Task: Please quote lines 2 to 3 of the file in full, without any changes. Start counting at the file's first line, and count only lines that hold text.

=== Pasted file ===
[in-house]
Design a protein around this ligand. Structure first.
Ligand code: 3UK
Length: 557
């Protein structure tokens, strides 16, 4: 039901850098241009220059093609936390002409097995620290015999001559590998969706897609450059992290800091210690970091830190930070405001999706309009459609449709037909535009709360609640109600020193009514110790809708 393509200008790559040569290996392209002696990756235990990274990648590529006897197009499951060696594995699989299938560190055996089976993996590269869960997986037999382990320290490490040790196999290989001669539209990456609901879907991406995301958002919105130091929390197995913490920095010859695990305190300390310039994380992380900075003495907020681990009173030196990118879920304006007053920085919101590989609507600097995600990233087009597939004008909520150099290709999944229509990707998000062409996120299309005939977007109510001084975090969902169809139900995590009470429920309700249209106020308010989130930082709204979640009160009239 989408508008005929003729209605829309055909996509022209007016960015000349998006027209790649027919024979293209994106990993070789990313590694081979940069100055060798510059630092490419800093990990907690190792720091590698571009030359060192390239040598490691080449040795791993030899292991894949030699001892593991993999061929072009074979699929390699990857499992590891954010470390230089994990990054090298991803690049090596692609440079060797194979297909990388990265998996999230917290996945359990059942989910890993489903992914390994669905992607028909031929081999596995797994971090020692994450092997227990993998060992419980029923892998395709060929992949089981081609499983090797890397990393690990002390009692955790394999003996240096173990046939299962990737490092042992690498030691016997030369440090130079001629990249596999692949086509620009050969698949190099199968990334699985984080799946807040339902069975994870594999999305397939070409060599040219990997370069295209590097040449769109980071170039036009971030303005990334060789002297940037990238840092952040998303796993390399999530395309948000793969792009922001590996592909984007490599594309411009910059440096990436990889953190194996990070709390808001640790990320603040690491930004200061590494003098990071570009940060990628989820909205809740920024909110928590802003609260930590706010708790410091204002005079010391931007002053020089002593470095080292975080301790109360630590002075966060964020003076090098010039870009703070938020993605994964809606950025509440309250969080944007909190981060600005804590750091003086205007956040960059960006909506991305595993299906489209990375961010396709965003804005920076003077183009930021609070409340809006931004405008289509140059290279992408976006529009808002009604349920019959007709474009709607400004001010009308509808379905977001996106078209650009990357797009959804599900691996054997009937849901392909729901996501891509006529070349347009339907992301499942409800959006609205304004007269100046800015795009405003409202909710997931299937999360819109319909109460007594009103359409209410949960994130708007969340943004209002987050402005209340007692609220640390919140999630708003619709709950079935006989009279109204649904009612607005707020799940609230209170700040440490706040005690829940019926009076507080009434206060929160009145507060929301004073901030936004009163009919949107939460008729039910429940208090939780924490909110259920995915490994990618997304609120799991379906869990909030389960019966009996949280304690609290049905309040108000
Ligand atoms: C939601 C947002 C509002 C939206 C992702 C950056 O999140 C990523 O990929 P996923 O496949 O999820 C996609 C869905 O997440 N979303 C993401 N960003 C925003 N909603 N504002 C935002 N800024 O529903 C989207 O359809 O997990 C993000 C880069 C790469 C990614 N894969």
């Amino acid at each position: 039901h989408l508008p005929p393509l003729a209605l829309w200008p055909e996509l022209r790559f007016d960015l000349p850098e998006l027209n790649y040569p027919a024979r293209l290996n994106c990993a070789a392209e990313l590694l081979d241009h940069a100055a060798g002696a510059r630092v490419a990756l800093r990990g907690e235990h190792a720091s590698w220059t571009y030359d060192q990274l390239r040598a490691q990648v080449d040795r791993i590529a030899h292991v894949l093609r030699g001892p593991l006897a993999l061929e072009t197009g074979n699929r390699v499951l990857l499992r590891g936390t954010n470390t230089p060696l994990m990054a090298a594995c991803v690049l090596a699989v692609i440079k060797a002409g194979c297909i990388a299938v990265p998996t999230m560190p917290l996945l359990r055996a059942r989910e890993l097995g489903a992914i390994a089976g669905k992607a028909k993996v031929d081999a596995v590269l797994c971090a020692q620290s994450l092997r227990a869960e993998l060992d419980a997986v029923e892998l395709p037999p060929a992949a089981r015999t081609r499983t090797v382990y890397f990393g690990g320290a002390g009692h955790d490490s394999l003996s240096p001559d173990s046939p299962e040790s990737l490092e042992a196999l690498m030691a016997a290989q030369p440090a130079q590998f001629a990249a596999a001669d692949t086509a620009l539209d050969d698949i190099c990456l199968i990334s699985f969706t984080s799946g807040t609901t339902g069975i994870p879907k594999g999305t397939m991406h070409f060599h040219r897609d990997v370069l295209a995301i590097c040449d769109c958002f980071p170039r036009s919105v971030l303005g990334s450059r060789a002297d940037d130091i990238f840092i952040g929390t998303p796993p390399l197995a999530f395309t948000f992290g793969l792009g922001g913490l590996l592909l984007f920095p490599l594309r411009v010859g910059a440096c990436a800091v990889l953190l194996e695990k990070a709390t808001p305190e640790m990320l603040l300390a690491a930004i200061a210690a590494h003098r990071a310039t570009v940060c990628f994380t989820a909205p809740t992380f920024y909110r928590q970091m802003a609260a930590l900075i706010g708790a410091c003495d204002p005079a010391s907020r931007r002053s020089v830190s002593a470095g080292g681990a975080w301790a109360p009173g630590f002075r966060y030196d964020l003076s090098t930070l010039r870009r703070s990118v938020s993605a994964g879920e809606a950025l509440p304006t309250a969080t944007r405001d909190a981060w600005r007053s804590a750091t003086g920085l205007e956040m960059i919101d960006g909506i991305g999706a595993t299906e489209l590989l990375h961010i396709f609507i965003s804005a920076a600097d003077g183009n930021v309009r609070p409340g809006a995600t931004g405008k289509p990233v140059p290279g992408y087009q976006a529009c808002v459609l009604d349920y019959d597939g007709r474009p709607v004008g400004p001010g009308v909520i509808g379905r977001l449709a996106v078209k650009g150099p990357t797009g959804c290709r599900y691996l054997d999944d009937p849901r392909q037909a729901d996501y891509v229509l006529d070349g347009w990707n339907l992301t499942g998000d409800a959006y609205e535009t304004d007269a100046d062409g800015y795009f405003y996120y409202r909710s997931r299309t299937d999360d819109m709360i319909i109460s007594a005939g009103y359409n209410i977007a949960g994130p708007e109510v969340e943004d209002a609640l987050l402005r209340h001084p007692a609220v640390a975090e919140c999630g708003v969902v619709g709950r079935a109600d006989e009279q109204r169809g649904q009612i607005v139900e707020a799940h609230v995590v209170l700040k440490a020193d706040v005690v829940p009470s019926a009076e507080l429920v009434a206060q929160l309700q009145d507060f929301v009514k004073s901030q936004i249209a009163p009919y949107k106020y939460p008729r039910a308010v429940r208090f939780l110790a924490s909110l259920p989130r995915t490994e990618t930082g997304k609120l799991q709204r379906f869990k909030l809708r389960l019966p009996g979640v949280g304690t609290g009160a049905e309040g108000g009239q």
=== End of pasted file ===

Design a protein around this ligand. Structure first.
Ligand code: 3UK